Carved attractions of mount rushmore – President monuments
Find out few facts, figure and helpful guide about faces colossal sculpture of presidents. The art of statues is wonderful thing to explore, attracts the tourists and vacationers in mount rushmore.
Mount Rushmore National Memorial is one of the country’s most recognizable landmarks, attracting more than two million people each year. Mount Rushmore is one of our most iconic national monuments, depicting the faces of past U.S. presidents carved into the South Dakota mountainside. Led by the sculptor Gutzon Borglum, work on the project began in 1927 and was finally completed in 1941. Over that time period, some 400 workers erected the sculpture under dangerous conditions, removing a total of 450,000 tons of rock in order to create the enormous carved heads, each of which reached a height of 60 feet (18 meters). In sculptor Gutzon Borglum’s original design, the four presidents were meant to be represented from the waist up, but insufficient funding brought the carving to a halt after completion of their faces. Known as the “Shrine of Democracy,” Mount Rushmore welcomes upwards of 2 million visitors every year, and is one of America’s most popular tourist attractions.
Name the 4 presidents carved on Mount Rushmore:
Why they four?
The four presidents were chosen by Borglum because he believed they best represented the history of the United States. Washington represents the country’s birth, Jefferson represents its growth, Lincoln represents the preservation of the U.S. after the Civil War, and Roosevelt represented the development of the nation.
Susan B. Anthony was suggested as a fifth face in 1935, before the monument was even completed. Some conservatives have suggested adding 40th president Ronald Reagan to the monument, according to ABC News. A number of celebrity names have been pitched over the years as well, including John Wayne, Elvis Presley and Larry Bird. John F. Kennedy and Bill Clinton both were both highly popular presidents among Americans polled in 2013, according to CNN.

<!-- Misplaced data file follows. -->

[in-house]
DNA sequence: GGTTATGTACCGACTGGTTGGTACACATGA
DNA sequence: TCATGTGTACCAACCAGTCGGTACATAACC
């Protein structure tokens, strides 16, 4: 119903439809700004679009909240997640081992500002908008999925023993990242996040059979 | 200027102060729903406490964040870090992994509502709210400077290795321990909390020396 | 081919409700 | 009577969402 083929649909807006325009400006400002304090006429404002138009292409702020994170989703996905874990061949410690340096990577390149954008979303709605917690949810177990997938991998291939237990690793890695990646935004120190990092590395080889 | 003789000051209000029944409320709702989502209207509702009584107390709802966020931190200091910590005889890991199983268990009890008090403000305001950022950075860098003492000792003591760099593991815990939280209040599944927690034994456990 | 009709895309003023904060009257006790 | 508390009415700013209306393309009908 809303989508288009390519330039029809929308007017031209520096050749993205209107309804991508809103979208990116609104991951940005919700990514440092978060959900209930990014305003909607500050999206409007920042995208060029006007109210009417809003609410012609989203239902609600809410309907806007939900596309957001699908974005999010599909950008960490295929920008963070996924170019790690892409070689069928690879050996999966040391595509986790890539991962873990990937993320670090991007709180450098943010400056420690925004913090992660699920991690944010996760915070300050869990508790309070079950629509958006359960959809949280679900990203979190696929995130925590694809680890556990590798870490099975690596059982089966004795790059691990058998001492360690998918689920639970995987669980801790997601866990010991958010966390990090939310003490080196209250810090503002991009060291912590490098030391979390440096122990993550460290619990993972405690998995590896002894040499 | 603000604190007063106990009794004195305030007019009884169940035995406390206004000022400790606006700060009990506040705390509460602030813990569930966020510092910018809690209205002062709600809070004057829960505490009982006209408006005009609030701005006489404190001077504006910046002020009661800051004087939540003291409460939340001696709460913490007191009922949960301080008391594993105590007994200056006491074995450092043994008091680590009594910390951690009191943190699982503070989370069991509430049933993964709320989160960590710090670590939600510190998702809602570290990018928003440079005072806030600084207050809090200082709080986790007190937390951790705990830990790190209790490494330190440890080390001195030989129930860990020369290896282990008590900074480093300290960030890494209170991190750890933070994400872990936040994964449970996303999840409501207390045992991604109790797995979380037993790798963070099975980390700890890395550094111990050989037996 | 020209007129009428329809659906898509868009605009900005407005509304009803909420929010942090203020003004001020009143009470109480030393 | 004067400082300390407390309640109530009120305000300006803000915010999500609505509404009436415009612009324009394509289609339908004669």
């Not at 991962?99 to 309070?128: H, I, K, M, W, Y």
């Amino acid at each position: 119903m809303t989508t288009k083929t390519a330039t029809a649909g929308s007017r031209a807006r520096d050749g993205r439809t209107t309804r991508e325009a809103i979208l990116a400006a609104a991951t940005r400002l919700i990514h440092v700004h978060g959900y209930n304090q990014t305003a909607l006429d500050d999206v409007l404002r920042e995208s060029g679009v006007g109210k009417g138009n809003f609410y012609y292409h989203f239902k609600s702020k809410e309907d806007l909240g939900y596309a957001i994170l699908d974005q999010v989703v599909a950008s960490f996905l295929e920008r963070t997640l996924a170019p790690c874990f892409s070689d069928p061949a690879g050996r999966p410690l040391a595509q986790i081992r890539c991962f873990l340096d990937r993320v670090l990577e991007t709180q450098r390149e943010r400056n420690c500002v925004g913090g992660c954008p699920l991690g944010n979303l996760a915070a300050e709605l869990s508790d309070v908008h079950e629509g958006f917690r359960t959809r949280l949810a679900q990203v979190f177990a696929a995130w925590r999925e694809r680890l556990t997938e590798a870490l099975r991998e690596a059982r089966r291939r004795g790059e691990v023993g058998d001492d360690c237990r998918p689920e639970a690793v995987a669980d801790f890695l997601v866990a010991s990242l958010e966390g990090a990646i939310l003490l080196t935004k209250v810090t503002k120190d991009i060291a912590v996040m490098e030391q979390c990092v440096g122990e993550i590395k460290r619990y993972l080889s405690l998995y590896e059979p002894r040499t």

Facts of Mt. Rushmore
- On average, Mount Rushmore hosts nearly three million visitors a year.
- It took 14 years and 400 men to carve the mountain. Despite harsh and dangerous conditions, no one died during the project.
- Mount Rushmore cost nearly one million dollars and was mostly carved during the Great Depression.
- Over 90% of Mount Rushmore was carved using dynamite. The blasts removed approximately 450,000 tons of rock. Details were finished with jackhammers and hand chisels.
- The faces of Mount Rushmore are 60 feet high. That’s the same size as a six-story building.
- Learn more about Rapid City and Mount Rushmore.
- Washington’s nose is approximately 21 feet long. The rest of the faces have noses that measure about 20 feet.
- The eyes of each president are 11 feet wide, and their mouths are approximately 18 feet wide.
- On August 10, 1927, President Calvin Coolidge officially dedicated Mount Rushmore. While a ceremonial drilling took place, carving wouldn’t start until October 4, 1927.
- Thomas Jefferson’s face on Mount Rushmore was originally started on the opposite side of George Washington, but 18 months into the carving, they realized the granite was too weak. His face was dynamited off and carved on the other side. For the dedication of George Washington’s face, a group of Rapid City women sewed a 39ft by 67ft American flag. The flag was later used to dedicate all of the presidents on Mount Rushmore.
Sculpting and carving the presidents at mount rushmore
During a second visit to the Black Hills in August 1925, Borglum identified Mount Rushmore as the desired site of the sculpture. Carving started on the amazing Mount Rushmore National Memorial in 1927. It continued for 14 years, with the help of more than 350 people. The faces of four presidents are carved into the mountainside: George Washington, Thomas Jefferson, Abraham Lincoln, and Theodore Roosevelt. At first, there was a suggestion to carve famous western figures, people like Buffalo Bill, Lewis & Clark, and Sacagawea. But a special group, a “commission,” instead chose these presidents because they best represented the “foundation, expansion and preservation” of the United States.